After a second overtime period, you’re forced to go for a two-point conversion if you score a touchdown. That is where I think professional football can bridge the gap with College Football. It’s a 4th down and BALL GAME play. Beat or match the points, playa. Win it, survive it or fight it. Offense vs Defense. A battle. A battle so intriguing that at the end, we crown a winner. Not a draw.

In College Football, there are no ties. That died years ago in this beautiful sport. You play until you have a winner. No clock. You grind it out. The NFL allowing that to exist is a stain on the game of football. When you have a CONTEST, that means you have a WINNER. A winner and a loser. Life is a contest. Life is made up of winners and losers. No in-betweens. You’re either the CEO or the janitor.

Here’s NFL overtime rules, guys:

OVERTIME RULES FOR NFL PRESEASON AND REGULAR SEASON

  • At the end of regulation, the referee will toss a coin to determine which team will possess the ball first in overtime. The visiting team captain will call the toss.
  • No more than one 10-minute period will follow a three-minute intermission. Each team must possess, or have the opportunity to possess, the ball. The exception: if the team that gets the ball first scores a touchdown on the opening possession.
  • Sudden death play — where the game ends on any score (safety, field goal or touchdown) — continues until a winner is determined.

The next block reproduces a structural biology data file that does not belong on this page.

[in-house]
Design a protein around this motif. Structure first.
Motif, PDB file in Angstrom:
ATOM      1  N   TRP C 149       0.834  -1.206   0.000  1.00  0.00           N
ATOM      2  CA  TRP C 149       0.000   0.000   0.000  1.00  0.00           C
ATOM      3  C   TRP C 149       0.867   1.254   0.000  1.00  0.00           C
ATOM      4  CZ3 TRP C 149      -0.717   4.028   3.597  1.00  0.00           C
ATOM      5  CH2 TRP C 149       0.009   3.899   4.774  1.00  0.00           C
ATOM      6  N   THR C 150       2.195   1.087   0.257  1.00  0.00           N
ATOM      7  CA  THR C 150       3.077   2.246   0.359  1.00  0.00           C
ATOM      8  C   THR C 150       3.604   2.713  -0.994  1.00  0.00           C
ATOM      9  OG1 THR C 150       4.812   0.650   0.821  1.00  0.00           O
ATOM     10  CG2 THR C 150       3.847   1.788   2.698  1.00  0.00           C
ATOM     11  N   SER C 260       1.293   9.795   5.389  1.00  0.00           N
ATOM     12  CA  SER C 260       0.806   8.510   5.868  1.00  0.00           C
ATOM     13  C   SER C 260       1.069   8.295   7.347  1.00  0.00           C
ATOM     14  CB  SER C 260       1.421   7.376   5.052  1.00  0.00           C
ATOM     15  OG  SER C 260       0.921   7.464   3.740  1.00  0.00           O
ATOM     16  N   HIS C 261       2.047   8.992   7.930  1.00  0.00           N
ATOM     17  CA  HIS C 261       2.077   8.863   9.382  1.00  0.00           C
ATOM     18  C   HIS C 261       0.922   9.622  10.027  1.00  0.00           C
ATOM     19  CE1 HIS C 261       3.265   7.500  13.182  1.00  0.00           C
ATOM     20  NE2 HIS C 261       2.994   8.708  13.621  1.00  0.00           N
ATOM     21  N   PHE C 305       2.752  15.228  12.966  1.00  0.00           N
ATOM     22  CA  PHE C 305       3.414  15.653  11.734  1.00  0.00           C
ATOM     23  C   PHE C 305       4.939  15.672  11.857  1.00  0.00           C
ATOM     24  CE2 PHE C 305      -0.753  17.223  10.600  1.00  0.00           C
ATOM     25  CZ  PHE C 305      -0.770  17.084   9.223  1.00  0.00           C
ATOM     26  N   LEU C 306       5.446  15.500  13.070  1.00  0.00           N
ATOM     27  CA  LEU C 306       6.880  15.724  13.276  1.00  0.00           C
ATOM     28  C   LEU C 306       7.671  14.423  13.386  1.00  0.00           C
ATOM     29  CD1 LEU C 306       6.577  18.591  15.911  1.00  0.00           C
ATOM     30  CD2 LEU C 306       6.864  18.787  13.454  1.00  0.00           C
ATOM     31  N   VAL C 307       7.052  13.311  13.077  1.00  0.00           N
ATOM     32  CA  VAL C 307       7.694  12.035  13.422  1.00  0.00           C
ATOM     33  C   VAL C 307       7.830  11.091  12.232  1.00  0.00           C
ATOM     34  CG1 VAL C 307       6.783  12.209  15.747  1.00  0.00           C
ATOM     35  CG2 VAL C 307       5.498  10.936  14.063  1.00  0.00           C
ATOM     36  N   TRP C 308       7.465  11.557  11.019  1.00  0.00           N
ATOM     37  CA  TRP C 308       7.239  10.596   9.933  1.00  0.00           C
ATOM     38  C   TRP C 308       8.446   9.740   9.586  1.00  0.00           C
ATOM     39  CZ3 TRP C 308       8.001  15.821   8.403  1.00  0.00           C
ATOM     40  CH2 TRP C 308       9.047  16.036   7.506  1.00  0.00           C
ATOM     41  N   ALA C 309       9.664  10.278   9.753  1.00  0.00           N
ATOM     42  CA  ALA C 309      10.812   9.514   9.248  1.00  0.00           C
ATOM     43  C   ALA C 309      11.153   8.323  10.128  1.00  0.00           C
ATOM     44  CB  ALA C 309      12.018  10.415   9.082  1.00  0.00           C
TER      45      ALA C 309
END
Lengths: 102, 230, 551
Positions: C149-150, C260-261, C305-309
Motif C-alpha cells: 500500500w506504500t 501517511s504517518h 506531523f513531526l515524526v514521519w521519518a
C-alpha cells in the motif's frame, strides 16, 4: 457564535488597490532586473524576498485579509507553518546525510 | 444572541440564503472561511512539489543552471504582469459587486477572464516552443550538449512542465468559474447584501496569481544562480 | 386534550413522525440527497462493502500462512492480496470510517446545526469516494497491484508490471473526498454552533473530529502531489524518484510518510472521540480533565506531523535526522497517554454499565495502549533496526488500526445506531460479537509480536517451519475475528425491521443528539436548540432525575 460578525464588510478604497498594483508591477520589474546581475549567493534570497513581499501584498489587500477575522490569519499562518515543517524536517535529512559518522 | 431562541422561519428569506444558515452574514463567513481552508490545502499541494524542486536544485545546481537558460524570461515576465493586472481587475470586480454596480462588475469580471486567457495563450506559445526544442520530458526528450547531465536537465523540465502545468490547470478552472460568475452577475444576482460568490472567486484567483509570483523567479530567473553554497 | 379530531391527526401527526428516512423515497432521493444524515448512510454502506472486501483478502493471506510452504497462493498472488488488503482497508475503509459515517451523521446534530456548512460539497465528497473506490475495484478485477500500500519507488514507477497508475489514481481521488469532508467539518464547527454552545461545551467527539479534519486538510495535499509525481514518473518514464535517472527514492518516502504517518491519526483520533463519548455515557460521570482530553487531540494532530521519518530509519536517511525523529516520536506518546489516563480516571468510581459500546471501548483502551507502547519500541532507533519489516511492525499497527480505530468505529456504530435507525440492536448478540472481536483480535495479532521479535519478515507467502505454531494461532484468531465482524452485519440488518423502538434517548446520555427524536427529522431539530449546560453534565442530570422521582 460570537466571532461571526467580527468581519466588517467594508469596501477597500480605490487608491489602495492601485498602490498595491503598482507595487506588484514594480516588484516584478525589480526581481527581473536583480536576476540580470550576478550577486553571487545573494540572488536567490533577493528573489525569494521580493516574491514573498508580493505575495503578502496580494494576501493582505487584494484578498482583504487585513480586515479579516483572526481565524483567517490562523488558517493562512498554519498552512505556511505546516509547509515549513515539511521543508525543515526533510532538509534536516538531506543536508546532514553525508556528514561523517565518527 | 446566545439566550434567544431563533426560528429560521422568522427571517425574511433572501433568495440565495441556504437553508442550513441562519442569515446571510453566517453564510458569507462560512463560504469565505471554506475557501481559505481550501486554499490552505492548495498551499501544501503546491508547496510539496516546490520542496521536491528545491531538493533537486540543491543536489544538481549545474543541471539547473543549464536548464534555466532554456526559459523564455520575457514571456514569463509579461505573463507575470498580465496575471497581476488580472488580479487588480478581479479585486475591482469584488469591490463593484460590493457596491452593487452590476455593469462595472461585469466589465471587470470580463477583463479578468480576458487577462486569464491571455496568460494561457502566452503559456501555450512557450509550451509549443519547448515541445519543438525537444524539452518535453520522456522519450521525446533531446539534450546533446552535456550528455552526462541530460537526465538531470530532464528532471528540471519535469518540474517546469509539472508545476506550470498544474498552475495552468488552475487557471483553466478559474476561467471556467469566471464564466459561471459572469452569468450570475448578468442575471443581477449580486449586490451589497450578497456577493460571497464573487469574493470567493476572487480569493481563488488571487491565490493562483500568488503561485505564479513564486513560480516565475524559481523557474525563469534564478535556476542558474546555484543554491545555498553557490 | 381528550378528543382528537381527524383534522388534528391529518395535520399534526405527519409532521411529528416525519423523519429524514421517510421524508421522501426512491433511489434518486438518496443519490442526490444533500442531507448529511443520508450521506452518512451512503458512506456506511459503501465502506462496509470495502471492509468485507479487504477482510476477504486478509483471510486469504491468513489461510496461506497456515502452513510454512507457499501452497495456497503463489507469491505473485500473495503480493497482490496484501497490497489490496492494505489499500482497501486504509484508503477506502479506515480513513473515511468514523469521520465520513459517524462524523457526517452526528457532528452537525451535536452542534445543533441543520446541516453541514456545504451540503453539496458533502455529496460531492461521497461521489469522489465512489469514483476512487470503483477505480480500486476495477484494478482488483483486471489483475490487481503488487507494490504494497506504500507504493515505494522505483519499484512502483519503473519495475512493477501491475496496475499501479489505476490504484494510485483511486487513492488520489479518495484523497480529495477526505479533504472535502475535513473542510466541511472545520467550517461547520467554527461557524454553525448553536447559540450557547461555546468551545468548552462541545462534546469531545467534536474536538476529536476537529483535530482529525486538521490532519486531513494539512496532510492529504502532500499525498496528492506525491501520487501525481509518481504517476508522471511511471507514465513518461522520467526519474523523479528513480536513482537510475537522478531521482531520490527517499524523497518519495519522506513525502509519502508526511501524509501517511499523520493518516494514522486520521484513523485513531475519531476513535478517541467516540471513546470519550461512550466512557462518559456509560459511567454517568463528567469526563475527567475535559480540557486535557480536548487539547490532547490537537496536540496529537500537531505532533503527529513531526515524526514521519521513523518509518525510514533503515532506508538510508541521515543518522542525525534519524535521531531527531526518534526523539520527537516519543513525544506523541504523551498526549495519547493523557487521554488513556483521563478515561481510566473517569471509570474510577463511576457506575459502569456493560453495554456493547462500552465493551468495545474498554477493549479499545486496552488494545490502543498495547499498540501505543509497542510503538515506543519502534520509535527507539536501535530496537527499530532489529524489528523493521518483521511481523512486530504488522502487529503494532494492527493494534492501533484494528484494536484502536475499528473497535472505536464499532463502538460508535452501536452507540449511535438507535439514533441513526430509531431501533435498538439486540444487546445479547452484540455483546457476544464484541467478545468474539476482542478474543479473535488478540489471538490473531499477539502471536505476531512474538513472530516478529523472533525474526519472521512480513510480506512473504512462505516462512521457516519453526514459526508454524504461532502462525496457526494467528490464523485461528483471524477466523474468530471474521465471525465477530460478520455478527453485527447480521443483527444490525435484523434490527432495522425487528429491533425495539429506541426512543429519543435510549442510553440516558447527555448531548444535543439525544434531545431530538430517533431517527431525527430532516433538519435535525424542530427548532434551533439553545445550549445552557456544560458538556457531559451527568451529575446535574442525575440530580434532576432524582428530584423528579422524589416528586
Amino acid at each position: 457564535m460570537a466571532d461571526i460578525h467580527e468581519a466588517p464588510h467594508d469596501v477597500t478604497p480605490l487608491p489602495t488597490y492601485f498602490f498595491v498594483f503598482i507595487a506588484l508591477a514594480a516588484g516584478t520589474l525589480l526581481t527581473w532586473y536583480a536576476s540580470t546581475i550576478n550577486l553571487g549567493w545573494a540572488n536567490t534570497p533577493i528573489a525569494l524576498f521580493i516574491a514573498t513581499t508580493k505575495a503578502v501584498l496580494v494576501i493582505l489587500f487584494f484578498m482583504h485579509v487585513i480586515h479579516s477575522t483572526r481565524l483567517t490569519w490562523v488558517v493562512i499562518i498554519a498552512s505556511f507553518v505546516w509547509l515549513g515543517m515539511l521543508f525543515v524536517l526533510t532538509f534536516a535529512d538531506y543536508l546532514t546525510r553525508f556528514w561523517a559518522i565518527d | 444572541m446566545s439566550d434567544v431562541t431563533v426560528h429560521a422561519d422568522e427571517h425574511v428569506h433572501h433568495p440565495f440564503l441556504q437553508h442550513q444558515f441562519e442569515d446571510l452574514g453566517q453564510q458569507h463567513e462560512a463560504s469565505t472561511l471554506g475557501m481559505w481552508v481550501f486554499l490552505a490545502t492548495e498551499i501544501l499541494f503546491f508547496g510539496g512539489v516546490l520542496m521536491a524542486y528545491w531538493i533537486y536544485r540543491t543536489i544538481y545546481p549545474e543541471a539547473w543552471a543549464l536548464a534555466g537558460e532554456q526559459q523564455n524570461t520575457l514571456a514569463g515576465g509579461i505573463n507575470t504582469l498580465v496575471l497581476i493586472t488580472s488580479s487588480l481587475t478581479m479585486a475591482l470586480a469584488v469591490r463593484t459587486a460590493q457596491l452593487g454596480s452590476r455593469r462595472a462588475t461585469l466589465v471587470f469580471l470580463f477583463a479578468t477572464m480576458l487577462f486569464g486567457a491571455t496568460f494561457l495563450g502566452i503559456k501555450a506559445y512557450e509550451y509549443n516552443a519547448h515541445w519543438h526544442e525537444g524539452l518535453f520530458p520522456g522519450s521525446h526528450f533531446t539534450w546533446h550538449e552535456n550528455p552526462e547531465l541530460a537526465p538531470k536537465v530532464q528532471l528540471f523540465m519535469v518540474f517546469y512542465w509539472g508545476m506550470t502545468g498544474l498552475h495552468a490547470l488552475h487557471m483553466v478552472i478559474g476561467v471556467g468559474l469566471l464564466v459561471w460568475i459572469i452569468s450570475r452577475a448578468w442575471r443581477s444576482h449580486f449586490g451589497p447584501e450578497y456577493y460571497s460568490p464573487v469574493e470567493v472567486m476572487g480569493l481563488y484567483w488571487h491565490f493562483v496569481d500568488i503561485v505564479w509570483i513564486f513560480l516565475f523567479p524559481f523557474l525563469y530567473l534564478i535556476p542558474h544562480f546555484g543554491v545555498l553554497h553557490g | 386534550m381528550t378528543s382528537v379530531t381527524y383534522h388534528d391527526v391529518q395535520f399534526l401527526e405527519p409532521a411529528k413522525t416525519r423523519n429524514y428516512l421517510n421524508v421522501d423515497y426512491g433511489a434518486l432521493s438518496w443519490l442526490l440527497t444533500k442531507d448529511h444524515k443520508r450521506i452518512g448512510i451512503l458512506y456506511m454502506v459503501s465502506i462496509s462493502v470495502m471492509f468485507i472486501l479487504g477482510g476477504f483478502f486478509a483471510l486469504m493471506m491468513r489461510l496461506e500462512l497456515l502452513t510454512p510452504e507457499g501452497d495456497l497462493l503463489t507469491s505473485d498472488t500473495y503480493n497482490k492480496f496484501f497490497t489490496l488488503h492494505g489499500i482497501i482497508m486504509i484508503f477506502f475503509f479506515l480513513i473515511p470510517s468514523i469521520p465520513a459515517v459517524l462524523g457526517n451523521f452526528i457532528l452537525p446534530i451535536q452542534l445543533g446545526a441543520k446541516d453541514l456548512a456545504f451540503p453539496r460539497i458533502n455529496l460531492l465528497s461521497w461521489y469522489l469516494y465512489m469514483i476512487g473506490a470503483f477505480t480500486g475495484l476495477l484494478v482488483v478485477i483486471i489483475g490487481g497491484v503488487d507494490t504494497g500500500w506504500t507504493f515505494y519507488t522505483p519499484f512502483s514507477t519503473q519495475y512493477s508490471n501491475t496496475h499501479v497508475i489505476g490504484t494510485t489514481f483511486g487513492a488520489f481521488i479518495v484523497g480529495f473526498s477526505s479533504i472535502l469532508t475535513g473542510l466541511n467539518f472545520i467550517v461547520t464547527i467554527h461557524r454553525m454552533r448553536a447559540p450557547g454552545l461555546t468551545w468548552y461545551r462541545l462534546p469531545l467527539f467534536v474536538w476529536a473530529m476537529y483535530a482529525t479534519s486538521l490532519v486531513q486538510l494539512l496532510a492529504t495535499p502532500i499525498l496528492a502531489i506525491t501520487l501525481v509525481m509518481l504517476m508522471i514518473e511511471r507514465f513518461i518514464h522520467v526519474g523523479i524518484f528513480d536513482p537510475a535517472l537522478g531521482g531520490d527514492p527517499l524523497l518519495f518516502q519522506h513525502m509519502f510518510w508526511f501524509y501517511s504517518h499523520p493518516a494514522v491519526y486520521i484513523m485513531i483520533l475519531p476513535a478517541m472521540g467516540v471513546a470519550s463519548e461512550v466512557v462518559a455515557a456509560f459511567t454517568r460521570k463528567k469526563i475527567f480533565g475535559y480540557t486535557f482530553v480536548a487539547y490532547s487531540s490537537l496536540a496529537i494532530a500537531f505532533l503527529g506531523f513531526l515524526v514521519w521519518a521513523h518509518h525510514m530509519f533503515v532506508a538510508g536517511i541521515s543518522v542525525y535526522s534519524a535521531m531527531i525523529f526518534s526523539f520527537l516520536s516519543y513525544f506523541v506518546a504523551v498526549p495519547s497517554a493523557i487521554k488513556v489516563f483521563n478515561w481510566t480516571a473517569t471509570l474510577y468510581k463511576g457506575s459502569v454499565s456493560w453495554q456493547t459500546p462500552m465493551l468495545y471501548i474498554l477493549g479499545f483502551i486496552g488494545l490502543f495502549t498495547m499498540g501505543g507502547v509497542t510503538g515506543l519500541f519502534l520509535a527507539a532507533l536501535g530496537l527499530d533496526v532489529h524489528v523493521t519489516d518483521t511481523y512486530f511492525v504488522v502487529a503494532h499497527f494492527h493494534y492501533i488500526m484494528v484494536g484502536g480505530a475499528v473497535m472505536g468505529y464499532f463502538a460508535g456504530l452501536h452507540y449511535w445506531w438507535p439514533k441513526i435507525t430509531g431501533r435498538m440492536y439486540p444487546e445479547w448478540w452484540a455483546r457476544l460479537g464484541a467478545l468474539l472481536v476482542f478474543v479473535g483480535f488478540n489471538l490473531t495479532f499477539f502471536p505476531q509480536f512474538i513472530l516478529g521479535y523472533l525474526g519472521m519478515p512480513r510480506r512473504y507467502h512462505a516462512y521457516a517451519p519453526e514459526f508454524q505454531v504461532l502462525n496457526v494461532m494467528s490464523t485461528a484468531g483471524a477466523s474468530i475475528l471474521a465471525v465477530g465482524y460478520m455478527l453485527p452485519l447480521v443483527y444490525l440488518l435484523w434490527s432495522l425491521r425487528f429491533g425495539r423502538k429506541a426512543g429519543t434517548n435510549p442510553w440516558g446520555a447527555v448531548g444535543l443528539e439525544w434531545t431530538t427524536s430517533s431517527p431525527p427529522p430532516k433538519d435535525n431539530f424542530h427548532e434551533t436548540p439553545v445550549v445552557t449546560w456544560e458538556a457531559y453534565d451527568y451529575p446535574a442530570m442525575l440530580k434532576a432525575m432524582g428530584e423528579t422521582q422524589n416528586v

• Each team gets two timeouts.
  • The point after try is not attempted if the game ends on a touchdown.
  • If the score is still tied at the end of the overtime period, the result of the game will be recorded as a tie.
  • There are no instant replay coach’s challenges; all reviews will be initiated by the replay official.

 

To make it even better, there are another set of rules for Postseason NFL games: 

  • If the score is still tied at the end of an overtime period — or if the second team’s initial possession has not ended — the teams will play another overtime period. Play will continue regardless of how many overtime periods are needed for a winner to be determined.
  • There will be a two-minute intermission between each overtime period. There will not be a halftime intermission after the second period.
  • Another coin toss will be held before the third overtime period. The captain who lost the first overtime coin toss will either choose to possess the ball or select which goal his team will defend, unless the team that won the coin toss deferred that choice.
  • Each team gets three timeouts during a half.
  • The same timing rules that apply at the end of the second and fourth regulation periods also apply at the end of a second or fourth overtime period.
  • If there is still no winner at the end of a fourth overtime period, there will be another coin toss, and play will continue until a winner is declared.

 

You can’t sit here, reading this article, and tell me that COLLEGE FOOTBALL’s overtime rules wouldn’t work magnificently well in the NFL! It would be so awesome to watch.

Think about, ponder on it and respond to it. You could, possibly, end up in the weekly Monday Mailrun right here on Par The Course.

To send your comments and questions to possibly be featured in the Monday Mailrun, CLICK HERE!